> Weekly Torah Portion > Intermediate > The Guiding Light

Fear of God

Ekev (Deuteronomy 7:12-11:25 )

by Rabbi Yehonasan Gefen

"You shall fear HaShem, Your God." (1)

The mitzvah to fear God is one of the most fundamental mitzvot in the Torah and is one of the 'shesh mitzvot temidiut', the six constant mitzvot that one must fulfill at any moment.(2) This mitzvah would seem to contradict another of the constant mitzvot, Ahavat HaShem. the mitzvah to love God - this teaches us that God is all giving and loving. If that is the case then how can we be expected to fear Him; people generally fear things or beings who do not have their best interests at heart. The commentaries explain that the fear required in the mitzvah of yirat HaShem cannot be equated to fear of something that is trying to cause us harm, rather, at its most basic level, it consists of fear of the consequences of our actions. Yirat Hashem teaches us that God is not a vatran - a vatran is someone who forgives people for their misdemeanours even when they have not corrected their behaviour. God does not act in that way, rather He has placed a system in the world whereby if a person commits a spiritually negative action then, as a consequence he will be spiritually damaged.

The Sages take this point further by explaining what exactly we should and should not be afraid of: The Gemara in Berachot notes a seeming contradiction about fear between verses in the books of the Prophets.(3) King Solomon writes in Proverbs; "fortunate is the man who is constantly afraid." (4) In contrast, the Propeht Isaiah says; "those from Zion who are afraid are sinners." (5) The Gemara explains that the verse in Proverbs is referring to 'divrei Torah'. Rav Yitzchak Berkovits explains that 'divrei Torah' can be understood to refer to spiritual matters. We only have control over our free will in spiritual pursuits - thus, The Gemara is telling us that it is correct to fear one's own failure in the spiritual realm because we have control over it and have the ability to falter. However, in all other areas we know that God is in total control and since He is all-giving and all-powerful, it is foolish and wrong to be afraid that 'bad things' will happen to us - when Hashem is in control nothing genuinely 'bad' can happen, it may seem that way at the time, but we know that ultimately there is nothing to be afraid of when God is directing matters. The only thing we need to be afraid of is ourselves and the damage we can do to ourselves.

Another Gemara shows further how important it is to fear the consequences of our actions: The Gemara in Gittin recounts the story of Kamtza and Bar Kamtza and how the baseless hatred in that story caused the chain of events that ended with the tragic destruction of the Temple. As an introduction to this tragic episode the Gemara quotes the aforementioned verse in Proverbs that extols the virtues of fear.(6) How is the idea of fear connected to the events of the Kamtza and Bar Kamtza episode? Tosefot explain that the people who sinned in the story should have been more fearful of the consequences of their actions such as allowing Bar Kamtza to be embarrassed in public without interceding. Had they been more vigilant about the results of their actions they would have realized that they should act differently. We see from here the significance of fearing ourselves - it was their lack of such fear that enabled the tragic mistakes to unfold.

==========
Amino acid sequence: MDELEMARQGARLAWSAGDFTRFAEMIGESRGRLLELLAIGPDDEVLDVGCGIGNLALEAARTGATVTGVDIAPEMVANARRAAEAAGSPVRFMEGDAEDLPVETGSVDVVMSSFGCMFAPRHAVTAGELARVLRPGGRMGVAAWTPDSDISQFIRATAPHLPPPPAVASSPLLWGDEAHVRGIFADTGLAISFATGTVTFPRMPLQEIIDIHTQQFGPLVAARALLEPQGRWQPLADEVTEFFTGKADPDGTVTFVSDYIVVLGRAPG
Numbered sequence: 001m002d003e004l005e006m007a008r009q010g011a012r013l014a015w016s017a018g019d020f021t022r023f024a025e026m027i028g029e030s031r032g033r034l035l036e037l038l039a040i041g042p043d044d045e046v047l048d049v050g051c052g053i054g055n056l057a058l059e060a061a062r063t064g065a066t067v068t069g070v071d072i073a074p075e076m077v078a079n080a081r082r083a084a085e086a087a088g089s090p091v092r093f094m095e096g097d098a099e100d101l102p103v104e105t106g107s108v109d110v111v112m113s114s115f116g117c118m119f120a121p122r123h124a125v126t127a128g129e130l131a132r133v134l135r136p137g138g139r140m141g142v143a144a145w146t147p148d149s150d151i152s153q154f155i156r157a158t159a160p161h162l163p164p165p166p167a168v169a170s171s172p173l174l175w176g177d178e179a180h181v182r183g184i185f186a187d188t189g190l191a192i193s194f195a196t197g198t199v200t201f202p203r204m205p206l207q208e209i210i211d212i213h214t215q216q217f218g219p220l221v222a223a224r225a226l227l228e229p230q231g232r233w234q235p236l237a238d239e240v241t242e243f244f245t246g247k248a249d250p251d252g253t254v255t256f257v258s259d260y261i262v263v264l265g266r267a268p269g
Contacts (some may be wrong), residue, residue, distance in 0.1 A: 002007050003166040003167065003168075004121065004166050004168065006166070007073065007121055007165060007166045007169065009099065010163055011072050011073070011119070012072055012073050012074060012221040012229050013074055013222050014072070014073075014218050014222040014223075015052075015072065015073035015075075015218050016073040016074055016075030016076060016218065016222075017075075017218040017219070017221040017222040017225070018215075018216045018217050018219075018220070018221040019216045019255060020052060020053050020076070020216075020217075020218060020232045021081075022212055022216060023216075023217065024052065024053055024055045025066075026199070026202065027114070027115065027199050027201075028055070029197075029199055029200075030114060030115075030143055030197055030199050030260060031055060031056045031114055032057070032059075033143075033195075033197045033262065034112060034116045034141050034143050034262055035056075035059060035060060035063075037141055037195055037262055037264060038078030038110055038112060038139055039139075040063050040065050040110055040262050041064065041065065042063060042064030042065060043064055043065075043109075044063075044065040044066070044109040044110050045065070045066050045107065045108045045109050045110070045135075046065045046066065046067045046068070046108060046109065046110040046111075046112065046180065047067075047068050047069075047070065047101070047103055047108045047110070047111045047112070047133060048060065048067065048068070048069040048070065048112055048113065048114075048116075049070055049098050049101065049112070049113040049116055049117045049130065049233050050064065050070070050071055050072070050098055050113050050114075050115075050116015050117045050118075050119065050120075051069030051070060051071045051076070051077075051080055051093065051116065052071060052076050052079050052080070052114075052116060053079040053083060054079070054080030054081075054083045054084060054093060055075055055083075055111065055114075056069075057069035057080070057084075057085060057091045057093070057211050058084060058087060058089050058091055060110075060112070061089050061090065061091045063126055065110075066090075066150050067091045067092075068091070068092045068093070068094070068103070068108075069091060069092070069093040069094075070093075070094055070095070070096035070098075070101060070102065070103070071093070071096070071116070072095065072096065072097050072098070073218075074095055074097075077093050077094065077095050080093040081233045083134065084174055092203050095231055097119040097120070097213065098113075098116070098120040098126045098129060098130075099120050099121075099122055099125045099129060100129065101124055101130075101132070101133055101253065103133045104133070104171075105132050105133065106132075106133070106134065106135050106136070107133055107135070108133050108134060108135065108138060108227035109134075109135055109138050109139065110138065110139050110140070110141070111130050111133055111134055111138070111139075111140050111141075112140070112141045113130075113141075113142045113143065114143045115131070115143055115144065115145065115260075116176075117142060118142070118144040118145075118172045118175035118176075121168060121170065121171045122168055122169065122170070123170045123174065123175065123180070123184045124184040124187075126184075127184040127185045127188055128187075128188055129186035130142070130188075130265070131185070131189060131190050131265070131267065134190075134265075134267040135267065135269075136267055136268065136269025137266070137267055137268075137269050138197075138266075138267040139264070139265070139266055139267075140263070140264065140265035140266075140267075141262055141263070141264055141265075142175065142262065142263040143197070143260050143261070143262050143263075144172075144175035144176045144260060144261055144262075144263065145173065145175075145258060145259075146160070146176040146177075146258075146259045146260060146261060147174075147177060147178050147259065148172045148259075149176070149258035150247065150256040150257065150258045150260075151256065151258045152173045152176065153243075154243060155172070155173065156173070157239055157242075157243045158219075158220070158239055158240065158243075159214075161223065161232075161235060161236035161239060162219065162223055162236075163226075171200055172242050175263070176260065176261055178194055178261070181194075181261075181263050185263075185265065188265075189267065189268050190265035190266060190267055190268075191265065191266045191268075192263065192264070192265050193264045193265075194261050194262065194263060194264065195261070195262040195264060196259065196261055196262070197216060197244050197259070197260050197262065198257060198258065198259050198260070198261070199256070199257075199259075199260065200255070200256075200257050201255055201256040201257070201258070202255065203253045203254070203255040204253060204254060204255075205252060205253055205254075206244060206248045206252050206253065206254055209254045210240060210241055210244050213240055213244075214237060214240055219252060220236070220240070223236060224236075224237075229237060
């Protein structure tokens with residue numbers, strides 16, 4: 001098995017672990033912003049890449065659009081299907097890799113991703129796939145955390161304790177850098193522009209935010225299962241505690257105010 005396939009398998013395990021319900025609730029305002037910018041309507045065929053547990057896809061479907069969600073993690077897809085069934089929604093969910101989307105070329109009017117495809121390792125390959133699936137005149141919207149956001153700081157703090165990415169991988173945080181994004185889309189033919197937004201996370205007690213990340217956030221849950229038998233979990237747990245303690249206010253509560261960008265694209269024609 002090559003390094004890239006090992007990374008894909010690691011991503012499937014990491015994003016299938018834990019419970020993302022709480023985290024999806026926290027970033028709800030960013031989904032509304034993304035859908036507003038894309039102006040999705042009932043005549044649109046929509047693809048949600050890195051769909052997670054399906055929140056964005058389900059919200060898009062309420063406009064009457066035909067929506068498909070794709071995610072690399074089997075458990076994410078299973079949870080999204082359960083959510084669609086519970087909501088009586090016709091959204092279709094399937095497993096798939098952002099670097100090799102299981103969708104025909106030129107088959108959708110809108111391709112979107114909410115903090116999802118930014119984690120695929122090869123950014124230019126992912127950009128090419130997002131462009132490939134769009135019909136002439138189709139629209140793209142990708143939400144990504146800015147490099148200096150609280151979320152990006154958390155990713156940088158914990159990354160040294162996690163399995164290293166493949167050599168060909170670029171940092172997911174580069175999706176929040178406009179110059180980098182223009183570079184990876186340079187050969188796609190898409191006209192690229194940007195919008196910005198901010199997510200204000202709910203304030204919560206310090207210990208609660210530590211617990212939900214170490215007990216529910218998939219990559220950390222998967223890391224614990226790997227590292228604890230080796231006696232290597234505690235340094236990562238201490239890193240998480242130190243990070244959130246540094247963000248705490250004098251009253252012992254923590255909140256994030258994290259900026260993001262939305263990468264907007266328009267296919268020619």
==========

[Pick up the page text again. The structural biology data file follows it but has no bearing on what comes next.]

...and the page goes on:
These Gemaras teach us that whenever we have free will in a situation we must be fearful to not stumble but when there is nothing that can be done then it is wrong to have fear, and we should place our trust in God. The Brisker Rav, Rav Yitzchak Zev Solovetichik, was famous for his fear of not performing mitzvot properly but at the same time, he remained remarkably calm when there was nothing he could do. Rav Shlomo Lorincz tells over that during the siege of the Jerusalem in Israel's War of Independence the Brisker Rav would stay very calm even whilst the city was being bombarded with shells. Yet, when the shelling ceased, he would immediately become very agitated with concern for those far away. Asked to explain the contrast in his behavior, he responded that when the shells were falling nearby, he was in a position of an ones - one who is in a situation that is out of their control - and thus freed from any obligation to assist others. Since he had not responsibility, he had no tension. But when his neighborhood was not being shelled, he could not stop thinking about what he might be able to do for those in danger, and the matter gave him no rest.(7) The Brisker Rav was in tune with the appropriate times to be fearful and to be calm, when there was nothing he could do then he was very calm, but whilst a responsibility lay upon him he would not relax.

This lesson is very pertinent as we approach Elul. At this time of year we asses our lives and our behavior - a key aspect of that is to recognize that we have the great gift of free will but that is accompanied by the fact that we cannot rely on God to force us to make the correct decisions. Our control over our actions is cause of great fear - it means that we can ignore the opportunities that God gives us, misuse our talents and generally fail to fulfill our potential in life. But if we become aware of our potential to make the right decisions and begin the slow path upwards in our Service of God, then we have nothing to fear.



1. Eikev, 10:20.

2. Sefer HaChinuch, Mitzvo 431. There is considerable discussion about how we can constantly fulfill several Mitzvot at the same time.

3. Brachos, 60a.

4. Mishlei, 28:14.

5. Yeshaya, 33:14.

6. Gittin, 55b.


7. Lorincz, In Their Shadow (B'Mechistatam), p. 167.


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